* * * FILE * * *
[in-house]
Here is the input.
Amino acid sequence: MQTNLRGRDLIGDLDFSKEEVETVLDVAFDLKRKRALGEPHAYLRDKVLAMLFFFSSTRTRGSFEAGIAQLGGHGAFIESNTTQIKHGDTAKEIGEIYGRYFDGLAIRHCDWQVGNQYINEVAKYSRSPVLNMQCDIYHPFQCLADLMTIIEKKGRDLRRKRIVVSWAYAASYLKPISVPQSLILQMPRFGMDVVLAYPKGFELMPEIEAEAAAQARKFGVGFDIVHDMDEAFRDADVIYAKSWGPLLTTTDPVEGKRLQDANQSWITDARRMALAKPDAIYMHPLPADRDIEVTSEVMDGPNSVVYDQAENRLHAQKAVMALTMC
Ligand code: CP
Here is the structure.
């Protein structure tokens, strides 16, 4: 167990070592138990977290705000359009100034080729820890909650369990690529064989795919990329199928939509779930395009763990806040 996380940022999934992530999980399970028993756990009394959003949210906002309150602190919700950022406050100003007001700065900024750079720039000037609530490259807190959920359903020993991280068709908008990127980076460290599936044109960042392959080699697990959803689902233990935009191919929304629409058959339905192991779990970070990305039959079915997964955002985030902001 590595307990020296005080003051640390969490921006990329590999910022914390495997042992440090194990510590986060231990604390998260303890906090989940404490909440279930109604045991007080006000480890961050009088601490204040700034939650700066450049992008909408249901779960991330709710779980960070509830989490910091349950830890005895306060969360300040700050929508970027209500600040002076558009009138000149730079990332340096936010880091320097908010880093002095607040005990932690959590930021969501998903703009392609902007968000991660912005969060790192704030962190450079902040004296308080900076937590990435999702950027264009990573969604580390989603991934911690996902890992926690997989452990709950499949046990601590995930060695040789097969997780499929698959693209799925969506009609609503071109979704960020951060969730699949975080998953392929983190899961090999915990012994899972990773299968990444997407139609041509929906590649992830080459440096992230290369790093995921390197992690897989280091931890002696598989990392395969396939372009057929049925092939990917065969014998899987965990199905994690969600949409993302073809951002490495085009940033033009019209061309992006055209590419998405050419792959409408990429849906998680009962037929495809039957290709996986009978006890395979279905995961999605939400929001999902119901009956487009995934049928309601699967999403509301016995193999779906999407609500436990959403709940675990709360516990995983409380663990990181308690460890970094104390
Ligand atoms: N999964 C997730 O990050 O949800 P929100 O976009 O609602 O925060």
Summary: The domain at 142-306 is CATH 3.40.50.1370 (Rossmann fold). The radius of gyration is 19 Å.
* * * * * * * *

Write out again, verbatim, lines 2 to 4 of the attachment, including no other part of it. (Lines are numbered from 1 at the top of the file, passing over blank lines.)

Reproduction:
Here is the input.
Amino acid sequence: MQTNLRGRDLIGDLDFSKEEVETVLDVAFDLKRKRALGEPHAYLRDKVLAMLFFFSSTRTRGSFEAGIAQLGGHGAFIESNTTQIKHGDTAKEIGEIYGRYFDGLAIRHCDWQVGNQYINEVAKYSRSPVLNMQCDIYHPFQCLADLMTIIEKKGRDLRRKRIVVSWAYAASYLKPISVPQSLILQMPRFGMDVVLAYPKGFELMPEIEAEAAAQARKFGVGFDIVHDMDEAFRDADVIYAKSWGPLLTTTDPVEGKRLQDANQSWITDARRMALAKPDAIYMHPLPADRDIEVTSEVMDGPNSVVYDQAENRLHAQKAVMALTMC
Ligand code: CP